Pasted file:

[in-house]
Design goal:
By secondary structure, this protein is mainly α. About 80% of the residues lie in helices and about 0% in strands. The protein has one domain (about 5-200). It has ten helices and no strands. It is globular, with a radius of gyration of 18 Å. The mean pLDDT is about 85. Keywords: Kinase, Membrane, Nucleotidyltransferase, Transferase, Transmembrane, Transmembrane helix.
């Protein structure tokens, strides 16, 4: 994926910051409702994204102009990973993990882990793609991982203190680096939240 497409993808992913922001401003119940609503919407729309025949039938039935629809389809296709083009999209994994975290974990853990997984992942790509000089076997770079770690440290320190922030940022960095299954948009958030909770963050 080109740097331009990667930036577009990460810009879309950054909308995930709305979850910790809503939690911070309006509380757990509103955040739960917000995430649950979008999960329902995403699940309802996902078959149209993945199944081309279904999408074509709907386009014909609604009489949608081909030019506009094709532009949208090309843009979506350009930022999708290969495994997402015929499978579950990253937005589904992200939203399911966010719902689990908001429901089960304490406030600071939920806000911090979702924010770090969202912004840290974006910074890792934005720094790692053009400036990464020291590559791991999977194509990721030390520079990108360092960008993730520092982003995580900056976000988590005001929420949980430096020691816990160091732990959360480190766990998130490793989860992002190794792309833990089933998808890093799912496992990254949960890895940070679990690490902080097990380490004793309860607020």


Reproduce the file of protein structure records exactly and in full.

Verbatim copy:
[in-house]
Design goal:
By secondary structure, this protein is mainly α. About 80% of the residues lie in helices and about 0% in strands. The protein has one domain (about 5-200). It has ten helices and no strands. It is globular, with a radius of gyration of 18 Å. The mean pLDDT is about 85. Keywords: Kinase, Membrane, Nucleotidyltransferase, Transferase, Transmembrane, Transmembrane helix.
């Protein structure tokens, strides 16, 4: 994926910051409702994204102009990973993990882990793609991982203190680096939240 497409993808992913922001401003119940609503919407729309025949039938039935629809389809296709083009999209994994975290974990853990997984992942790509000089076997770079770690440290320190922030940022960095299954948009958030909770963050 080109740097331009990667930036577009990460810009879309950054909308995930709305979850910790809503939690911070309006509380757990509103955040739960917000995430649950979008999960329902995403699940309802996902078959149209993945199944081309279904999408074509709907386009014909609604009489949608081909030019506009094709532009949208090309843009979506350009930022999708290969495994997402015929499978579950990253937005589904992200939203399911966010719902689990908001429901089960304490406030600071939920806000911090979702924010770090969202912004840290974006910074890792934005720094790692053009400036990464020291590559791991999977194509990721030390520079990108360092960008993730520092982003995580900056976000988590005001929420949980430096020691816990160091732990959360480190766990998130490793989860992002190794792309833990089933998808890093799912496992990254949960890895940070679990690490902080097990380490004793309860607020």